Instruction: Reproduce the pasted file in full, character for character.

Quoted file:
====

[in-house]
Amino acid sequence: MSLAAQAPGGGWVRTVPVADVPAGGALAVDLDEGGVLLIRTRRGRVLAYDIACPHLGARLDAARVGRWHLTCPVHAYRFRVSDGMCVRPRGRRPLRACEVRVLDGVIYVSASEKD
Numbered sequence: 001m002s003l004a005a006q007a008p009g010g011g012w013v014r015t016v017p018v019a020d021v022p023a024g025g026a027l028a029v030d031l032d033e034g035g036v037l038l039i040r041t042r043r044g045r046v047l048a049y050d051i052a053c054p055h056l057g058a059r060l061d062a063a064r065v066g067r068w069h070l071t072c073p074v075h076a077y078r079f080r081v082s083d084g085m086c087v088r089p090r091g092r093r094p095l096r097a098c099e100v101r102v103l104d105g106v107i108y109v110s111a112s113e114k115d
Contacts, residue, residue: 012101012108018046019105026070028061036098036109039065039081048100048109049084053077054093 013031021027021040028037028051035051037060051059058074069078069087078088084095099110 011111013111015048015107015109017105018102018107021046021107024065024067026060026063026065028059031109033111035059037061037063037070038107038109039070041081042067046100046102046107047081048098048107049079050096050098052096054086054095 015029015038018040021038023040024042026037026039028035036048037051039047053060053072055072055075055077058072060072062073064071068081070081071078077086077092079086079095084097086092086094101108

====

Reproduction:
[in-house]
Amino acid sequence: MSLAAQAPGGGWVRTVPVADVPAGGALAVDLDEGGVLLIRTRRGRVLAYDIACPHLGARLDAARVGRWHLTCPVHAYRFRVSDGMCVRPRGRRPLRACEVRVLDGVIYVSASEKD
Numbered sequence: 001m002s003l004a005a006q007a008p009g010g011g012w013v014r015t016v017p018v019a020d021v022p023a024g025g026a027l028a029v030d031l032d033e034g035g036v037l038l039i040r041t042r043r044g045r046v047l048a049y050d051i052a053c054p055h056l057g058a059r060l061d062a063a064r065v066g067r068w069h070l071t072c073p074v075h076a077y078r079f080r081v082s083d084g085m086c087v088r089p090r091g092r093r094p095l096r097a098c099e100v101r102v103l104d105g106v107i108y109v110s111a112s113e114k115d
Contacts, residue, residue: 012101012108018046019105026070028061036098036109039065039081048100048109049084053077054093 013031021027021040028037028051035051037060051059058074069078069087078088084095099110 011111013111015048015107015109017105018102018107021046021107024065024067026060026063026065028059031109033111035059037061037063037070038107038109039070041081042067046100046102046107047081048098048107049079050096050098052096054086054095 015029015038018040021038023040024042026037026039028035036048037051039047053060053072055072055075055077058072060072062073064071068081070081071078077086077092079086079095084097086092086094101108